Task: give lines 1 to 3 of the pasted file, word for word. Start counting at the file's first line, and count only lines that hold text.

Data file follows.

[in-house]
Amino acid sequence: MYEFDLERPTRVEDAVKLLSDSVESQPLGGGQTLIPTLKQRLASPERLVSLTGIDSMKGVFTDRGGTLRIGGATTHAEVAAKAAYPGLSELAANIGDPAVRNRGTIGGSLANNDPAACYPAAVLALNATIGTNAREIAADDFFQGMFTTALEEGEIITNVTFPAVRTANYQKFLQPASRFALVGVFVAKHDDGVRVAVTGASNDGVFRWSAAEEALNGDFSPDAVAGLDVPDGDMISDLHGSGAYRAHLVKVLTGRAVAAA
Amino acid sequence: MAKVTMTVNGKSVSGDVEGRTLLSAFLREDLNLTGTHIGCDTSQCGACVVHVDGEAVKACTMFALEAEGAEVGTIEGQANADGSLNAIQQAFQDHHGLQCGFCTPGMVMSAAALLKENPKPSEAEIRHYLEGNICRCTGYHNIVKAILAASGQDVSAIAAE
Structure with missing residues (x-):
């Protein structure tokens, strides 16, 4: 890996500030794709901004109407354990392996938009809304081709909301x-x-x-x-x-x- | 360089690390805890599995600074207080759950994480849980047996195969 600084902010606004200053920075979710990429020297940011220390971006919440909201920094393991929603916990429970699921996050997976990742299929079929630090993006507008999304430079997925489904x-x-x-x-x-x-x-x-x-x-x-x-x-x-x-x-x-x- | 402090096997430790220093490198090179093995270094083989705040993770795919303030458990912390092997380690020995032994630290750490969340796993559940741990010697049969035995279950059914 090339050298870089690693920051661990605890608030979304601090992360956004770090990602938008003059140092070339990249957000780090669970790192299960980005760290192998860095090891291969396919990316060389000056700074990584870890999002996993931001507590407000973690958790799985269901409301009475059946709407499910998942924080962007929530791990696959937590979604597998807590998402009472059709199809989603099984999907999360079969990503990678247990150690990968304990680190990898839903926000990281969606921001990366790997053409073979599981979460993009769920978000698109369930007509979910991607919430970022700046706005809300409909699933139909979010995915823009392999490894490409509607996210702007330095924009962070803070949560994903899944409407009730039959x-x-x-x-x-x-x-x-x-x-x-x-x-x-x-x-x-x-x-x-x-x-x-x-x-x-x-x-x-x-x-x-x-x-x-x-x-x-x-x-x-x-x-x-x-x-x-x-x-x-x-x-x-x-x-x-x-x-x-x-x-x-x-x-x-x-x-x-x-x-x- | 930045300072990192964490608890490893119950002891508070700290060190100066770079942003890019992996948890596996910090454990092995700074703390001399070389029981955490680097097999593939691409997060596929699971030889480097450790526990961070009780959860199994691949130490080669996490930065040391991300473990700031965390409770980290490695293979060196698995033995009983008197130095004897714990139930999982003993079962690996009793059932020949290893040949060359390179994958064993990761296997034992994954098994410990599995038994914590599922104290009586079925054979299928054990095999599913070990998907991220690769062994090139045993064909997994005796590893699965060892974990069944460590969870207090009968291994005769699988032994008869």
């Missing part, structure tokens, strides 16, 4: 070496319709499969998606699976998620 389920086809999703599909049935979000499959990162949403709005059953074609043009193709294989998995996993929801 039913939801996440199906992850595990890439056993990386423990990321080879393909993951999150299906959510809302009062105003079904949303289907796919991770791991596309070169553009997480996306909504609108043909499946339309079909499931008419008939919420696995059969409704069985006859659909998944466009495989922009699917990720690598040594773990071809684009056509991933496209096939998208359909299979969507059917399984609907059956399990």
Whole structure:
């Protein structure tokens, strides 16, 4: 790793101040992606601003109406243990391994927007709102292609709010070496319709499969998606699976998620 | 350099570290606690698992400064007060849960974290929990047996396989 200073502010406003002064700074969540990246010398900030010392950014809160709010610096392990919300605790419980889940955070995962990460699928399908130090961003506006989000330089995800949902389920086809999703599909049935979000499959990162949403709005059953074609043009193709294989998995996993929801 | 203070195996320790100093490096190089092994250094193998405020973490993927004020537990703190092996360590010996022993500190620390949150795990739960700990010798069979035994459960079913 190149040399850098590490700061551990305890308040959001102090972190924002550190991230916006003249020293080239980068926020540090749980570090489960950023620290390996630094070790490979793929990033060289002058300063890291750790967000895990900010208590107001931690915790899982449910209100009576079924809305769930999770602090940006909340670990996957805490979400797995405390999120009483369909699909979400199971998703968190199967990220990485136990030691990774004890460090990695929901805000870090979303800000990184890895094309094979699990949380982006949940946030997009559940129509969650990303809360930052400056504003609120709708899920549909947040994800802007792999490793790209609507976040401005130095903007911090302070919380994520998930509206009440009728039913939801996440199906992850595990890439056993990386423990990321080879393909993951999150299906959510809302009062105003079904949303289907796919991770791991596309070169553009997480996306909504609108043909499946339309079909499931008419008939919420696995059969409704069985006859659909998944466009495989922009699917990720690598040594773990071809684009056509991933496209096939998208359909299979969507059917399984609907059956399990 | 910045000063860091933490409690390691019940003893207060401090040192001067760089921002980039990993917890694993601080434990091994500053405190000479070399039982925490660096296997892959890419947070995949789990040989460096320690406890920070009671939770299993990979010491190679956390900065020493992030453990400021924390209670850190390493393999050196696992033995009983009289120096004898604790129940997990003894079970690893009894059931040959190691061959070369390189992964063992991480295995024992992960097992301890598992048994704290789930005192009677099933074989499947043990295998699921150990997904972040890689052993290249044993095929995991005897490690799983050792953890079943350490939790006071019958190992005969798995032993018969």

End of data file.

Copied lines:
[in-house]
Amino acid sequence: MYEFDLERPTRVEDAVKLLSDSVESQPLGGGQTLIPTLKQRLASPERLVSLTGIDSMKGVFTDRGGTLRIGGATTHAEVAAKAAYPGLSELAANIGDPAVRNRGTIGGSLANNDPAACYPAAVLALNATIGTNAREIAADDFFQGMFTTALEEGEIITNVTFPAVRTANYQKFLQPASRFALVGVFVAKHDDGVRVAVTGASNDGVFRWSAAEEALNGDFSPDAVAGLDVPDGDMISDLHGSGAYRAHLVKVLTGRAVAAA
Amino acid sequence: MAKVTMTVNGKSVSGDVEGRTLLSAFLREDLNLTGTHIGCDTSQCGACVVHVDGEAVKACTMFALEAEGAEVGTIEGQANADGSLNAIQQAFQDHHGLQCGFCTPGMVMSAAALLKENPKPSEAEIRHYLEGNICRCTGYHNIVKAILAASGQDVSAIAAE